Undoubtedly, many investors wish they had bought Amazon (AMZN -0.32%) and Starbucks (SBUX -3.43%) on IPO day. Those who invested $10,000 on that day and held the stock became millionaires. But that information doesn't offer much help to today's investors.

While investors cannot go back to the past, the history of these companies and their stocks can offer lessons to help today's investors find other companies with the potential to deliver outsized gains in the future. Let's take a look at what made these two companies such successes and what they can teach us about other potential successes.

The growth of Amazon and Starbucks 

Amazon and Starbucks have become two of the most compelling consumer stocks in the last 30 years.

Two people high-fiving one another.

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Amazon debuted on May 15, 1997, at a price of $16 per share originally. At that time, $10,000 would buy 625 shares. Investors should note that three stock splits occurred within 27 months of the IPO, splitting one original share into 12 shares. This takes the split-adjusted price to $1.50 and the share count to 7,500.

At today's price of approximately $3,300 per share, the original investment now holds a value of more than $24.7 million!

Though Starbucks did not match that performance, it has also delivered outsized returns. Starbucks stock debuted on June 26, 1992, at $17 per share. At that time, $10,000 would have bought 588 shares. Additionally, over time, it has experienced six 2-for-1 stock splits, meaning one original share now constitutes 64 shares.

Today, that would leave investors with 37,632 shares at an original buy price of under $0.27 per share. Since Starbucks now trades at just over $110 per share, that investment would hold a value of just under $4.2 million! And that total doesn't even include the dividend payouts over the years. At the current annual payout of $1.80 per share, such a shareholder would receive over $67,700 in dividends without selling a single share.

Some insight on investor perspectives on IPO day

Despite their classification as consumer discretionary stocks, Amazon and Starbucks run fundamentally different businesses. However, both stocks have one critical factor in common -- they both pioneered new, emerging industries that changed one or more aspects of business or life. But would their investors back then have known that at the time?

Before beating oneself up for not buying early, an investor should take a harder look at the perspective of the time. A stockholder needs to remember that picking future large-cap and mega-cap stocks on the IPO day is no easy task. 

Picture Amazon in 1997. At that time, Amazon did not have Whole Foods, movie streaming, or cloud computing. While it pioneered e-commerce in many respects, it only sold books when the company went public.

Perhaps a more forward-looking investor might have predicted the expanded e-commerce offerings and maybe even alliances with traditional retailers. However, no reasonable investor would have likely foreseen Amazon's non-retail offerings such as Amazon Web Services (AWS) or recent moves to become more of a healthcare company.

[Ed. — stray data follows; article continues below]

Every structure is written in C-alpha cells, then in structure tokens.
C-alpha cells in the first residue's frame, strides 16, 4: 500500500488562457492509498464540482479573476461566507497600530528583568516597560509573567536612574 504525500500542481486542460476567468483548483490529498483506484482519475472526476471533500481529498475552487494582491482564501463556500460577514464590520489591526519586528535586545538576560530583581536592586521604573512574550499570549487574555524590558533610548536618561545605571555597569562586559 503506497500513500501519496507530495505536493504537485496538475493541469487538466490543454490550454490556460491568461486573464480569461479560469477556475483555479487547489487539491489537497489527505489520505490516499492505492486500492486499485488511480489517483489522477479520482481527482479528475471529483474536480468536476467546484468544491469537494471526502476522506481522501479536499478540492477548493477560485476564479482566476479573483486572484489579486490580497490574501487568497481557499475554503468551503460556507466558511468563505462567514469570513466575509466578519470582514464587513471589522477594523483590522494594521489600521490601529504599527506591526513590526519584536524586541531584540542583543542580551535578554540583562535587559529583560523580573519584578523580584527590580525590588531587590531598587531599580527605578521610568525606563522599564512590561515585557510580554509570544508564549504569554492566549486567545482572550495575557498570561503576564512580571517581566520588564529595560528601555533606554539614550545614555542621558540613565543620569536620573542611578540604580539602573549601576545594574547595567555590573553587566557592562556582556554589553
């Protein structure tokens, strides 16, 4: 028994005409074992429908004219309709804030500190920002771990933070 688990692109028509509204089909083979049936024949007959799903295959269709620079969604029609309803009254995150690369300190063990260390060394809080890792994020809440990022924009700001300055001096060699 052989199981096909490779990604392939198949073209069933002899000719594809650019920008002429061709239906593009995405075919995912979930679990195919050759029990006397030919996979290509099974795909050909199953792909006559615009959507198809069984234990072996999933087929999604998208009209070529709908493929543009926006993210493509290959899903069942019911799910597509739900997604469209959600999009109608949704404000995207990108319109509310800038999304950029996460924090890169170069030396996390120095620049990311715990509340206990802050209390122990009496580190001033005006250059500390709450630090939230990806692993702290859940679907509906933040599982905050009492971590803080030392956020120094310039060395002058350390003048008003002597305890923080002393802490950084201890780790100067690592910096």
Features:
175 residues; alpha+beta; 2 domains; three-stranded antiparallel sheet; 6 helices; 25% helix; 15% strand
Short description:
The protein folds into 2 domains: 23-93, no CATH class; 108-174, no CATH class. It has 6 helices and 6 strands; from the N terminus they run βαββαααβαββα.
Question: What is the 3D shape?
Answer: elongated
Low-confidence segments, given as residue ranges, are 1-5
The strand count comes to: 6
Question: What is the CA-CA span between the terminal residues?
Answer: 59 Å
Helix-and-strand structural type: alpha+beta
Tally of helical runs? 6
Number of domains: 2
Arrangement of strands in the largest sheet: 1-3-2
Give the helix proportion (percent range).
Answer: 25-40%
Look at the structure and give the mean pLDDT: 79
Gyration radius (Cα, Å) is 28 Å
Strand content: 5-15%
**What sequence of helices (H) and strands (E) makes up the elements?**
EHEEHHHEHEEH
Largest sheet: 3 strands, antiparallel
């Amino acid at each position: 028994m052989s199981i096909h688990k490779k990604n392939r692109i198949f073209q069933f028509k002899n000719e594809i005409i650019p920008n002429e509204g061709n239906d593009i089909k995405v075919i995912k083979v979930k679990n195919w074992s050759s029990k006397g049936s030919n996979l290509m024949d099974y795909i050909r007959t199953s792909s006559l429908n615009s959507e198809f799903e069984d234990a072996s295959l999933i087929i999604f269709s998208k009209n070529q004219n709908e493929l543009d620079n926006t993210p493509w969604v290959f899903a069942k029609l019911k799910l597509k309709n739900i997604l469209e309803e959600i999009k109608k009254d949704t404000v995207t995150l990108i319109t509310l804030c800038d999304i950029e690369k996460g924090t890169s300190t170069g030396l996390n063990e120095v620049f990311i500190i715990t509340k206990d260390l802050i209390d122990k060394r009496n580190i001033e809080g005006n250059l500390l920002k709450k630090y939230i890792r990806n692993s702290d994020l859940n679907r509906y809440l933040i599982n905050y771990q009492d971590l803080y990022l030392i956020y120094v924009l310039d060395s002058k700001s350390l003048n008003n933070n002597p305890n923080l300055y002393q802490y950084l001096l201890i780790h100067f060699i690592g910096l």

Moreover, founder Jeff Bezos was an unknown at that time, so few people outside of his inner circle would have had a glimpse at his potential. Additionally, investors had no idea Amazon would outperform other emerging e-retailers such as eBay, whose stock debuted in 1998.

Starbucks may have offered a more predictable growth path. It simply brought the Italian coffee experience to the U.S. Still, even though American consumers have long loved coffee, investors at that time had to have faith that Starbucks could adapt the Italian coffee shop concept to American tastes. Early investors held no guarantee that that idea would work in the U.S. or that its then-unknown CEO, Howard Schultz, could succeed.

Admittedly, investors at that time could take solace in the fact that Starbucks operated 165 stores on the day it launched its IPO. Still, from the 1992 perspective, some investors likely assumed that consumers would continue to meet for coffee at places like McDonald's or Denny's and bypass the emerging coffee chain.

Lessons for investors 

Admittedly, while the growth story of both companies will probably continue, seeing either company turn a $10,000 investment now into millions again is mathematically improbable. At a market cap of over $1.65 trillion, Amazon turning a $10,000 investment into $1 million would take its market cap to $165 trillion, more than seven times the U.S. GDP. Hence, what many investors probably want is to find the next Amazon or Starbucks.

This will probably compel many prospective buyers to seek the leading company in one of the emerging industries of today. While that may sound easy, they will have to look at the newly minted stocks from a perspective similar to the one held by Amazon or Starbucks stockholders in the 1990s. Moreover, even if the future appears promising, no company can guarantee that it will become the Amazon or the Starbucks of an emerging industry.

Nonetheless, the possibility that such stocks will turn $10,000 into millions will likely continue to draw investor interest in companies that have recently changed some part of our lives.